You may talk about difficulties and what you have passed through here and there; but we should not be men, if we did not have difficulties to meet with; and we always feel much better when we have conquered them.
This is the difference between us and the world. They meet with difficulties, and they quash down under them, while we ride over them and become victorious. This is the reason why there are so many institutions among the Gentiles that come to naught. They meet with difficulties and fall before them: we meet with the same, but we have a God at the helm, and we triumph over them.
Another Elder and myself stayed in a hotel in a small town for about a week, the landlord of which was an infidel. After we had been there two or three days, I told the landlord I was a religious man. He replied, "Oh, you are religious, are you? Religion is a pack of nonsense." I told him I cared as little about most of the religion of Christendom as he did; but the one I believed in, I told him, would benefit both body and soul, in time and eternity. I talked to him a little about it, and he began to feel much interested.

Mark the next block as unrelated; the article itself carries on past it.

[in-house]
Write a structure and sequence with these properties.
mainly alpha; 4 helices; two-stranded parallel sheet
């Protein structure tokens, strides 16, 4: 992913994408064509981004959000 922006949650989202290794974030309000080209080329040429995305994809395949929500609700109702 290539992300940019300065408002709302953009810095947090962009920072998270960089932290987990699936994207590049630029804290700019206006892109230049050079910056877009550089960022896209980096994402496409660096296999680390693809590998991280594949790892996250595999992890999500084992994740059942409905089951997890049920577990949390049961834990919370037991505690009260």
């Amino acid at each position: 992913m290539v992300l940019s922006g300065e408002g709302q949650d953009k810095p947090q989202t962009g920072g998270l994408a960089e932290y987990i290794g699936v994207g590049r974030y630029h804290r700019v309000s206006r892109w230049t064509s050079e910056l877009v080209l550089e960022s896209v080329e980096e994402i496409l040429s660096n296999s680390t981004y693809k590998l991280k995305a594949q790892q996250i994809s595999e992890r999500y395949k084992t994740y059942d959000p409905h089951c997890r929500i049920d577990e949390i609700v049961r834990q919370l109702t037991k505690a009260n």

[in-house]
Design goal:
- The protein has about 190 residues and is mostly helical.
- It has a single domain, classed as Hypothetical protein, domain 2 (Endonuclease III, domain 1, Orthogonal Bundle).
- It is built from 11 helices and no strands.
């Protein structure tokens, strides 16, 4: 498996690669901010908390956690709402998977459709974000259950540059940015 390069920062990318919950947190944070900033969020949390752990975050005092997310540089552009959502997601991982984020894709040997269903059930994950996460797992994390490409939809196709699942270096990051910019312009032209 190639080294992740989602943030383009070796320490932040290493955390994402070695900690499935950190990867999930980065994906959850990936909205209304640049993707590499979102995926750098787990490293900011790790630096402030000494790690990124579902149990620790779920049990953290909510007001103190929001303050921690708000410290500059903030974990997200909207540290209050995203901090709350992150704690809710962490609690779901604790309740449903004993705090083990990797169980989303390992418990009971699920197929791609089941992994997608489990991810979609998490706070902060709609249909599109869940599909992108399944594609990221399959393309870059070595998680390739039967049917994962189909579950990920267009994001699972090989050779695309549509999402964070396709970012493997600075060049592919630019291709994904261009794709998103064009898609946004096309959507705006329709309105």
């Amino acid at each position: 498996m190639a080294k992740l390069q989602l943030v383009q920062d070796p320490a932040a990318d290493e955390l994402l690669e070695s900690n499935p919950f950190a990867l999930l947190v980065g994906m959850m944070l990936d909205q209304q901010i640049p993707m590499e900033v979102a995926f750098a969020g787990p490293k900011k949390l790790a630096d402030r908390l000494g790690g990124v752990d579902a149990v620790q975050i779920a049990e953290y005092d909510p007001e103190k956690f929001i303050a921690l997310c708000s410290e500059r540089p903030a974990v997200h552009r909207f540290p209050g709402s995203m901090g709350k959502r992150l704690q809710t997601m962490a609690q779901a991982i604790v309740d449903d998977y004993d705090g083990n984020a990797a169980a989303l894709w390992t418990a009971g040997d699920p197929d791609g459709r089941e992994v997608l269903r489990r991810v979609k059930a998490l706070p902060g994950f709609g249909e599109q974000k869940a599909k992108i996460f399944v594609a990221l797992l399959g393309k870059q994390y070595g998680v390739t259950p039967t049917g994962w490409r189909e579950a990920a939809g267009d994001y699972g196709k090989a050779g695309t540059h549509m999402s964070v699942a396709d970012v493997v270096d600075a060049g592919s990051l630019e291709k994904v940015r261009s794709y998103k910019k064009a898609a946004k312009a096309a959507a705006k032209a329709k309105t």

I told him about the success and the prosperity that attended our works; and finally he said, "I don't know but I will sell out and go to America; for I am tired of France." I said, I will tell you where you will find a first-rate place to settle down in that country; and I directed him to Iowa. He spoke to an Elder that was with him after I had gone away, and said, "I don't like the way Mr. Taylor speaks to me." "Why?" said the Elder. "He speaks as though he wants to push me off on one side somewhere; and I want to go where he is. You have got the right religion; and had I found this, I should have been a religious man."
I talked to another gentleman who came in, who wanted to be introduced to me,—a man of good education, and who talked the English language as well as I did. We talked about everything, almost, until religion came on in the conversation. When I was preparing to leave, the gentleman said, "Oh, Mr. Taylor, I wish you would stay three or four days more here, and I will introduce you to a rich sugar manufacturer; and there is a gentleman living in a castle not far from here—I will introduce you to him." They felt as sorry at my going away as though I had stayed with them twelve months, and they came more than a mile to see me off and bid me good bye, and prayed God to bless me before I left.